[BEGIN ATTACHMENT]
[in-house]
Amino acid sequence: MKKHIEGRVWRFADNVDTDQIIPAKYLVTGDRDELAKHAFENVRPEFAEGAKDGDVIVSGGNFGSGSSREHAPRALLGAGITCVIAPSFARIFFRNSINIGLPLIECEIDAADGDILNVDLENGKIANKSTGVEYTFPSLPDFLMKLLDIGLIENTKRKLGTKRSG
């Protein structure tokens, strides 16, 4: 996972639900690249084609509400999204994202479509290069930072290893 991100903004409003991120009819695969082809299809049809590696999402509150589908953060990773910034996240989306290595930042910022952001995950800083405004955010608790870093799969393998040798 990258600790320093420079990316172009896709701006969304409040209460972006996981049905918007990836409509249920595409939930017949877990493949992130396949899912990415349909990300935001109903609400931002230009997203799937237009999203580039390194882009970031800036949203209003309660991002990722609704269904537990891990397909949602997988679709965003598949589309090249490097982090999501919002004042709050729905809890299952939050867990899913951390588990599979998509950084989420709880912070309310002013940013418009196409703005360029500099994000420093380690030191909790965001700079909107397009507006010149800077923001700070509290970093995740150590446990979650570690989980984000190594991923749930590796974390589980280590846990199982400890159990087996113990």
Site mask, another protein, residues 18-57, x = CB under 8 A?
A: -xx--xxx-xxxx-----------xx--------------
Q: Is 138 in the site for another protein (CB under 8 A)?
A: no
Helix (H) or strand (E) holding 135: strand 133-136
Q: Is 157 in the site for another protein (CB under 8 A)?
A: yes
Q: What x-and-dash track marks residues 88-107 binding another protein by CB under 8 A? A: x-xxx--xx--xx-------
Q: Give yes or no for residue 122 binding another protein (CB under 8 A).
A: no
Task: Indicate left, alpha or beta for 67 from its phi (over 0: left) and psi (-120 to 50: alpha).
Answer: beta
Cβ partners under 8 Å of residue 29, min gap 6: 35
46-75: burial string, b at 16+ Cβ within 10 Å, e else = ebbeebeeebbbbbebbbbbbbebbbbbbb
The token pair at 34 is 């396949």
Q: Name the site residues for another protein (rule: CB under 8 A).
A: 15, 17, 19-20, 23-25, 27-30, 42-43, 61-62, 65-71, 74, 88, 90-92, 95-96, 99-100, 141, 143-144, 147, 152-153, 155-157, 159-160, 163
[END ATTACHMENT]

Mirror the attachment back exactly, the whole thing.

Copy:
[in-house]
Amino acid sequence: MKKHIEGRVWRFADNVDTDQIIPAKYLVTGDRDELAKHAFENVRPEFAEGAKDGDVIVSGGNFGSGSSREHAPRALLGAGITCVIAPSFARIFFRNSINIGLPLIECEIDAADGDILNVDLENGKIANKSTGVEYTFPSLPDFLMKLLDIGLIENTKRKLGTKRSG
């Protein structure tokens, strides 16, 4: 996972639900690249084609509400999204994202479509290069930072290893 991100903004409003991120009819695969082809299809049809590696999402509150589908953060990773910034996240989306290595930042910022952001995950800083405004955010608790870093799969393998040798 990258600790320093420079990316172009896709701006969304409040209460972006996981049905918007990836409509249920595409939930017949877990493949992130396949899912990415349909990300935001109903609400931002230009997203799937237009999203580039390194882009970031800036949203209003309660991002990722609704269904537990891990397909949602997988679709965003598949589309090249490097982090999501919002004042709050729905809890299952939050867990899913951390588990599979998509950084989420709880912070309310002013940013418009196409703005360029500099994000420093380690030191909790965001700079909107397009507006010149800077923001700070509290970093995740150590446990979650570690989980984000190594991923749930590796974390589980280590846990199982400890159990087996113990």
Site mask, another protein, residues 18-57, x = CB under 8 A?
A: -xx--xxx-xxxx-----------xx--------------
Q: Is 138 in the site for another protein (CB under 8 A)?
A: no
Helix (H) or strand (E) holding 135: strand 133-136
Q: Is 157 in the site for another protein (CB under 8 A)?
A: yes
Q: What x-and-dash track marks residues 88-107 binding another protein by CB under 8 A? A: x-xxx--xx--xx-------
Q: Give yes or no for residue 122 binding another protein (CB under 8 A).
A: no
Task: Indicate left, alpha or beta for 67 from its phi (over 0: left) and psi (-120 to 50: alpha).
Answer: beta
Cβ partners under 8 Å of residue 29, min gap 6: 35
46-75: burial string, b at 16+ Cβ within 10 Å, e else = ebbeebeeebbbbbebbbbbbbebbbbbbb
The token pair at 34 is 């396949």
Q: Name the site residues for another protein (rule: CB under 8 A).
A: 15, 17, 19-20, 23-25, 27-30, 42-43, 61-62, 65-71, 74, 88, 90-92, 95-96, 99-100, 141, 143-144, 147, 152-153, 155-157, 159-160, 163